Fifteen Days Without A Head by Dave Cousins

Challenge 5 – “A book with a number in the title.”


★ ☆ ☆ ☆ ☆

I was rather disappointed with this book. It fits the plot outlined by the blurb, but in the least potential-fulfilling way possible. The storyline could have gone two ways – as a deep investigation into the characters, or into the issues around the main plot – and yet whilst the characters were strong, there was no depth to the novel. There was some redemption around halfway through, but on the whole I was unimpressed.

The novel of the beginning was a trudge. It took almost a third of the novel for the scene to be set, but during this time there was nothing to hook the reader in. There were brief allusions to Laurence’s feelings as he realised his mother was gone, but the main focus seemed to be the radio show. A show which, as the novel progressed, took more and more of a backseat role.

Once the characters had been set, and it was clear Mrs Roach wasn’t returning anytime soon, the novel seemed to pick up. Multiple subplots came into play, overlapping and twisting, to create a more complex shape within the novel, but this faded away as soon as it began. It was then only determination left to carry the reader through the final few chapters. By this point, as a reader, one is glad there are only a few chapters left, but in regard of the book as a whole, it just means that the ending is a little rushed and uncertain. After the adventures of the whole novel, everything is suddenly alright again.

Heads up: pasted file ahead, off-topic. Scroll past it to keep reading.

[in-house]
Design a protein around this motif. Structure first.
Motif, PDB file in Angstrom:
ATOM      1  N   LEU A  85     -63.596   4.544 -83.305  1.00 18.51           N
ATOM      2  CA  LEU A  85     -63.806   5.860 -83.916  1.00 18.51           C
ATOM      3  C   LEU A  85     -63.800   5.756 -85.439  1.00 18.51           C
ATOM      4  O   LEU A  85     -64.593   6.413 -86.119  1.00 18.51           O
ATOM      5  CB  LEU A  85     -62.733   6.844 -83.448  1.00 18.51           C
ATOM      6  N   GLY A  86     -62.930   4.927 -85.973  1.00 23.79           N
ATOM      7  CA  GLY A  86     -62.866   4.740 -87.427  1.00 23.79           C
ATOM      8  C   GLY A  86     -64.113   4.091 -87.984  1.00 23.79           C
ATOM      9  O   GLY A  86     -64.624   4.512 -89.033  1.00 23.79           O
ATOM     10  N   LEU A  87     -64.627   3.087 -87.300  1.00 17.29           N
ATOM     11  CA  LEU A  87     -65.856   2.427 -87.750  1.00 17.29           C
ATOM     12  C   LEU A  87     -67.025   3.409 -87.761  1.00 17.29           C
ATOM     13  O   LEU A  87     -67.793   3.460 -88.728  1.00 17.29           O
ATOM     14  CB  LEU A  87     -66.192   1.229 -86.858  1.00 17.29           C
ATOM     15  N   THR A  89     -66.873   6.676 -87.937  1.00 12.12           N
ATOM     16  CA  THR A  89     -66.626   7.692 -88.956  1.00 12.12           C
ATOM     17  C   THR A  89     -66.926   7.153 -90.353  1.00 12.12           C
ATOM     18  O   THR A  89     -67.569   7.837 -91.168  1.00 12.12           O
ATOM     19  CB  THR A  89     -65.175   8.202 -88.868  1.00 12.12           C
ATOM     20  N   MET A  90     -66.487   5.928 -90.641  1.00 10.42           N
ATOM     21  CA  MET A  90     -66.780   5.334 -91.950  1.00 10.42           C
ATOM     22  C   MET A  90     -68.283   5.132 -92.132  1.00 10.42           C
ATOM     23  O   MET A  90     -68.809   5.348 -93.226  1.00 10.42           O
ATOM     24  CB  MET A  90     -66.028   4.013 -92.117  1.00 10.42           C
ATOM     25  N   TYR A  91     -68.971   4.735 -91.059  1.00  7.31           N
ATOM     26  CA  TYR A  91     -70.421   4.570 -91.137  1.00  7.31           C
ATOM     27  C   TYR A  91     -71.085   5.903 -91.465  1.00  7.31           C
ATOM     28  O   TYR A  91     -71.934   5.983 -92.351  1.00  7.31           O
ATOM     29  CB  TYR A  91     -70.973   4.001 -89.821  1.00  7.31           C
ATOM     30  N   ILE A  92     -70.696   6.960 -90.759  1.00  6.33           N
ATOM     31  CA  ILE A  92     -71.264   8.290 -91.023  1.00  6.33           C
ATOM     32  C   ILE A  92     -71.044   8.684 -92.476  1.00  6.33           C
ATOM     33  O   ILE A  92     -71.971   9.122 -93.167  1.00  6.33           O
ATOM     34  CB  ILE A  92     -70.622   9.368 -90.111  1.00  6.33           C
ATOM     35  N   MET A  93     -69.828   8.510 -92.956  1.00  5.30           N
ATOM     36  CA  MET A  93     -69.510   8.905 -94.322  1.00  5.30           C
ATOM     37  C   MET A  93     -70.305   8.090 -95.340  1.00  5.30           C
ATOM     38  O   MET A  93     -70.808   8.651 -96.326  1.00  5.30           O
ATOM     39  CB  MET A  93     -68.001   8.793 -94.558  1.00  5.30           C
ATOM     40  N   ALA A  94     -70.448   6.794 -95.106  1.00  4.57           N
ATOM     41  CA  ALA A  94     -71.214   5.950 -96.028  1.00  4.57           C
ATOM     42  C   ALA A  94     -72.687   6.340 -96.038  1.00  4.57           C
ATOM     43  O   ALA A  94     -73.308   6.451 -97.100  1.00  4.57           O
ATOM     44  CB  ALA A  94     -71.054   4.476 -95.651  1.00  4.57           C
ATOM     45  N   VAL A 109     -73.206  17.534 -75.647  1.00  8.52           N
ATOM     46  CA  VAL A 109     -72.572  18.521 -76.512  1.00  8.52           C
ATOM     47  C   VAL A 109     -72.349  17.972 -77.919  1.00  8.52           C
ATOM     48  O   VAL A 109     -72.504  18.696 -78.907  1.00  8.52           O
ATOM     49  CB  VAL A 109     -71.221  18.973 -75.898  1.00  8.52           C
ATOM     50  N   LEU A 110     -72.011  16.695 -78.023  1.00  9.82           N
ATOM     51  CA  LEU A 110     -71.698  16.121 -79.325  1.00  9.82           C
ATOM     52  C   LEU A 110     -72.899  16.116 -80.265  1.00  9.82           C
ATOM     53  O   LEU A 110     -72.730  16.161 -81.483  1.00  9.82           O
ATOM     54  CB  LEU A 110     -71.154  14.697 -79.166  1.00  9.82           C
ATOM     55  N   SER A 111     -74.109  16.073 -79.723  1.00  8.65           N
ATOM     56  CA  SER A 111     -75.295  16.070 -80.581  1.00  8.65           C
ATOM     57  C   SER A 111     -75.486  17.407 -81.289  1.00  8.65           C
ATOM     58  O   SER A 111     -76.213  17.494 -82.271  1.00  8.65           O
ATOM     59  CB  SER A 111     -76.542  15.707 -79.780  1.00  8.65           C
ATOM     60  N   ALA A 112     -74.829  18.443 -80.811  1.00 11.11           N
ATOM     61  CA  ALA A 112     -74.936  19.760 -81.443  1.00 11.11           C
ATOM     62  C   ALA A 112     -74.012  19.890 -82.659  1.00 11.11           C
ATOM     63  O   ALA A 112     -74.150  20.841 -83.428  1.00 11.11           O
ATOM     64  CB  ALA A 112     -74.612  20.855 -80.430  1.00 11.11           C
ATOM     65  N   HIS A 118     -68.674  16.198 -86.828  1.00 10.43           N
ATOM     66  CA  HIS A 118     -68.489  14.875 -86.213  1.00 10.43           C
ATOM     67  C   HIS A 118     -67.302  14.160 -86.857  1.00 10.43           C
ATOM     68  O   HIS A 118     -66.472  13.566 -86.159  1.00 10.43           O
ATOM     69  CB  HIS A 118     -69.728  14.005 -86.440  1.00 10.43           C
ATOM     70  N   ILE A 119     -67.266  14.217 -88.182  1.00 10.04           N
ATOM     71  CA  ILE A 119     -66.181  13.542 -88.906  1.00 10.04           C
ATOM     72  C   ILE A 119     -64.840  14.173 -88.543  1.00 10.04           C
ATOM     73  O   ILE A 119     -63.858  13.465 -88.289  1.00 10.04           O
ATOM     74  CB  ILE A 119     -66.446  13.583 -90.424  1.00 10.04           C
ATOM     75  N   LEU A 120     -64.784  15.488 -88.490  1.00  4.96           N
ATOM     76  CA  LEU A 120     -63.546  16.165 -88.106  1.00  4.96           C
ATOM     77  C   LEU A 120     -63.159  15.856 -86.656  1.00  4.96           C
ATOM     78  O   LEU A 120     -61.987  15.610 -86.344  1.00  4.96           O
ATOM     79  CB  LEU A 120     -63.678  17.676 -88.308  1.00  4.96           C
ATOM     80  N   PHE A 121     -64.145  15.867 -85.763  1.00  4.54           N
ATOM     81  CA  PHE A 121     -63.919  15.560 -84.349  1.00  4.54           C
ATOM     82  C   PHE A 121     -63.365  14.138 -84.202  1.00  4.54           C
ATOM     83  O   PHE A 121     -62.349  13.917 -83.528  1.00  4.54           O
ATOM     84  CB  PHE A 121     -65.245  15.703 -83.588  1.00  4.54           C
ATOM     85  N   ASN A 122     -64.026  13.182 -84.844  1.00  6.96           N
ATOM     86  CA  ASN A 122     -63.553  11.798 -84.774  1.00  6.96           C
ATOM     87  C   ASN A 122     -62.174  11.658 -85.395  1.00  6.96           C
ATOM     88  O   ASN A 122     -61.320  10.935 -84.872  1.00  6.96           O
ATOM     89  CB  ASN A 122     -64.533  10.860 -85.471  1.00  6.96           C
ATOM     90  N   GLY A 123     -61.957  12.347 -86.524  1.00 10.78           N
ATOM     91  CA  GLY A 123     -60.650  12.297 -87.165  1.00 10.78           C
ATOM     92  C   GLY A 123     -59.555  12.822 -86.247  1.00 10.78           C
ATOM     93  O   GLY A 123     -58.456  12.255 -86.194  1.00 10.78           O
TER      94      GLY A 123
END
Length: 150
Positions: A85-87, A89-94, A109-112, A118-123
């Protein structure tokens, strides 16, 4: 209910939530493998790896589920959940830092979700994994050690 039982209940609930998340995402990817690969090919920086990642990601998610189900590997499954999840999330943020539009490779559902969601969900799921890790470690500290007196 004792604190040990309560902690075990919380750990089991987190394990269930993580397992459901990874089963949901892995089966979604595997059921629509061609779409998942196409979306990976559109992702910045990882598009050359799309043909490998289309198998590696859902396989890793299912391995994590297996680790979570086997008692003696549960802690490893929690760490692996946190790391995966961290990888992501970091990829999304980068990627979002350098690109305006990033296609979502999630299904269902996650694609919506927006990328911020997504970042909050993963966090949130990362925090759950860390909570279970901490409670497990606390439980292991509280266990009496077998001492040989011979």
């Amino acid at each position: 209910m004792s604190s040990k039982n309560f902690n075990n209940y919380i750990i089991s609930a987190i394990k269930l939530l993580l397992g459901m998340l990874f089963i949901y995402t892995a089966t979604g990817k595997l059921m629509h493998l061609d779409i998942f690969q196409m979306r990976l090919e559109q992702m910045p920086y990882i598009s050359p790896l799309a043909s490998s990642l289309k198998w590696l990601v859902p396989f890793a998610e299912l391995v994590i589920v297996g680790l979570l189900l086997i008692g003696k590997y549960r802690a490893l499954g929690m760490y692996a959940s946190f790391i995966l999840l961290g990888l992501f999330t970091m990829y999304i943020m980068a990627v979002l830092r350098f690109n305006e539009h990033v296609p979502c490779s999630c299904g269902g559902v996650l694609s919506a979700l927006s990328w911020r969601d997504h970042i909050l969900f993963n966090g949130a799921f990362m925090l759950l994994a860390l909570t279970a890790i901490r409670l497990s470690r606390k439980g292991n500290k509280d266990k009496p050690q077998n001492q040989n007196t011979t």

The blurb presents the novel as if it explores the themes of post maternal depression, child neglect and abandonment, but these are barely skimmed as the plot passes by. This would have worked had the novel been a deep study of characters connected to such themes, but it just meant that the book felt as if there was no substance. Cousins manages to craft his characters well – Mina being a saving grace to the novel – and the momentum achieved through the fair and subsequent scenes illustrates his talent at shaping a novel. Overall, however, the novel betrays Cousins true capabilities, creating a wishy-washy tale with no true thematic or character exploration, that leaves the reader uninspired and unfulfilled.


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